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Evid Based Nurs 15:70-71 doi:10.1136/ebnurs.2012.100511
  • Health promotion
  • Systematic review

A review of long-term effects of low sodium diet versus high sodium diet on blood pressure, renin, aldosterone, catecholamines, cholesterol and triglyceride

  1. Maureen McCormick Covelli
  1. College of Nursing, University of Central Florida, Orlando, Florida, USA
  1. Correspondence to Maureen McCormick Covelli
    College of Nursing, University of Central Florida, 12201 Research Rarkway, Suite 300, Orlando, FL 32826, USA; Maureen.Covelli{at}ucf.edu

Commentary on:

Implications for practice and research

  • Low sodium diet in normotensive Caucasians showed less than 1% decrease in systolic blood pressure (SBP) and 3.5% decrease in hypertensive Caucasian populations.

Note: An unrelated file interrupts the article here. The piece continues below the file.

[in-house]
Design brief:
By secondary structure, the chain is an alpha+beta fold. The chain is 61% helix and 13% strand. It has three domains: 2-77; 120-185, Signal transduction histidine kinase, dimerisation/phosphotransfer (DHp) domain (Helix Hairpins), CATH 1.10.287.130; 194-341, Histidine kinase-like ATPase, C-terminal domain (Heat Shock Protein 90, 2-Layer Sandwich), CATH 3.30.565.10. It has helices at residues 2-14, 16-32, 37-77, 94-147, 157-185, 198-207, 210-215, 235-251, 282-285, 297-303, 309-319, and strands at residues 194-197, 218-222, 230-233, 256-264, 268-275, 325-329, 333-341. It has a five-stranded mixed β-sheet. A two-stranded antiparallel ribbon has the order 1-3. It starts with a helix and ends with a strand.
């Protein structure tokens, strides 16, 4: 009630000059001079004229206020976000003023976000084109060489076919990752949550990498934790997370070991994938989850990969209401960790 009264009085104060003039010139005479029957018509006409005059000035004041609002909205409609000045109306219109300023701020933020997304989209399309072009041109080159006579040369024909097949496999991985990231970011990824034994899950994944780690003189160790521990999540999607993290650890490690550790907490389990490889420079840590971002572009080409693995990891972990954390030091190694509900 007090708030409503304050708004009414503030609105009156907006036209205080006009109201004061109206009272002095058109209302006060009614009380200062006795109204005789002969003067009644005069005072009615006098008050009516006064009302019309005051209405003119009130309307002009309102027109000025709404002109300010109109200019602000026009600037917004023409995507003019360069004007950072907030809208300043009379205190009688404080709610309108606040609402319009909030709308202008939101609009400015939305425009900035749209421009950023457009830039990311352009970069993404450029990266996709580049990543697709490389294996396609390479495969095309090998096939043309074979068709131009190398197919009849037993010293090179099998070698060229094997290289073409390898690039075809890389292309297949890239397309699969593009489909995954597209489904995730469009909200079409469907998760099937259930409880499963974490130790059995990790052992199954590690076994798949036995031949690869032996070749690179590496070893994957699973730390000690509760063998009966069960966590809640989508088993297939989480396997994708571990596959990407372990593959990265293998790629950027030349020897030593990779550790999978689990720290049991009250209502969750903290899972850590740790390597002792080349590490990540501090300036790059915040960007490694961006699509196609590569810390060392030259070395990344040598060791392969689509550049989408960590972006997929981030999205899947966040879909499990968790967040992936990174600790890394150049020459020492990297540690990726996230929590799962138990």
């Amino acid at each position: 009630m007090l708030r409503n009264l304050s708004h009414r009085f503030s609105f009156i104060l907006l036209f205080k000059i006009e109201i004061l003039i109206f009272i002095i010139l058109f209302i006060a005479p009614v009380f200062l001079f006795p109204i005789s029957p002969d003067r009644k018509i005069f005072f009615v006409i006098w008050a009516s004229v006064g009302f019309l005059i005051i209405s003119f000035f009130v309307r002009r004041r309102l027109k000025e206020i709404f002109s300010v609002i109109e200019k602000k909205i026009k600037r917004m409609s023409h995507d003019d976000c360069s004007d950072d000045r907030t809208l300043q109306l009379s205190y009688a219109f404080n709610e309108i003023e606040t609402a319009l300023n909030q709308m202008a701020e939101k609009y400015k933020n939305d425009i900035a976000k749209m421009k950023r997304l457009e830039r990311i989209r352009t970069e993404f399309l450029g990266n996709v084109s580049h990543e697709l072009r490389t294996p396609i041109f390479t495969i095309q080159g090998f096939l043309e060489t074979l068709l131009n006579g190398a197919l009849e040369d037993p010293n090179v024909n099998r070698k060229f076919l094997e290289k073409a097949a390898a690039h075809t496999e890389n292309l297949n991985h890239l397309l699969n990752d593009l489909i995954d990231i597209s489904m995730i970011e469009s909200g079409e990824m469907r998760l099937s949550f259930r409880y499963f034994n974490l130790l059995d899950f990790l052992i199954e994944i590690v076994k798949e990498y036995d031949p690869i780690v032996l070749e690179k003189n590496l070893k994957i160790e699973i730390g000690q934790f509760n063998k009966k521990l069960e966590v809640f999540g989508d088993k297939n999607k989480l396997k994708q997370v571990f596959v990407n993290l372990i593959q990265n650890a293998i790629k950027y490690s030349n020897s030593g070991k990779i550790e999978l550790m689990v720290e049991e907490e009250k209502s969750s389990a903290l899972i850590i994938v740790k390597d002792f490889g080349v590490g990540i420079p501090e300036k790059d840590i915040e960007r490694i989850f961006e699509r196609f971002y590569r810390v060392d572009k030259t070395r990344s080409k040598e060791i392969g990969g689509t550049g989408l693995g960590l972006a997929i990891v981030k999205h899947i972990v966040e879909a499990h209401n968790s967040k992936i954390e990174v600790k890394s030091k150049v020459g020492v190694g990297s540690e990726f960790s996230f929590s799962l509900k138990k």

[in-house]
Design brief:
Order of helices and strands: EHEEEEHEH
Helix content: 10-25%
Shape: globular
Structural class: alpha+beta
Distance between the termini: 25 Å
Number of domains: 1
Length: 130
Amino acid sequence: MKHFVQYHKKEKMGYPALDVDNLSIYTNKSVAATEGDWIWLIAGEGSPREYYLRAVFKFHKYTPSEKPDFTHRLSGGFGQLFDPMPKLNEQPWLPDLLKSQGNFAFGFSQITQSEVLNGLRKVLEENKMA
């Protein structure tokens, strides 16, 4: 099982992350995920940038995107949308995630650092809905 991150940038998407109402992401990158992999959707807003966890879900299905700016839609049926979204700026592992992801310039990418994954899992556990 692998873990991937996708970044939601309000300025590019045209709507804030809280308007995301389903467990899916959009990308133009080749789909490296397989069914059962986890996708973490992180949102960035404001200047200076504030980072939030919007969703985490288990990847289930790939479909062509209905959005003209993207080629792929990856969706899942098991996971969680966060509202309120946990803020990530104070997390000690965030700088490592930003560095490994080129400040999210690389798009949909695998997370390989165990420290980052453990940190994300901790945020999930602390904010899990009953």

• Further controlled studies are needed on the effect of sodium reduction among Blacks and Asians.

  • Sodium reduction diet resulted in significant increase in lipids (plasma cholesterol and triglycerides) and hormones (renin, aldosterone, and catecholamine).

  • Research on long-term hormonal and lipid effects of sodium restriction diets is needed.

Context

Low sodium diets have been a major hypertension prevention and treatment theme. Evidence supporting interventions of reduced sodium intake as a generalised hypertension prophylaxis initiative remains ambiguous.1 Although a diet high in sodium has …

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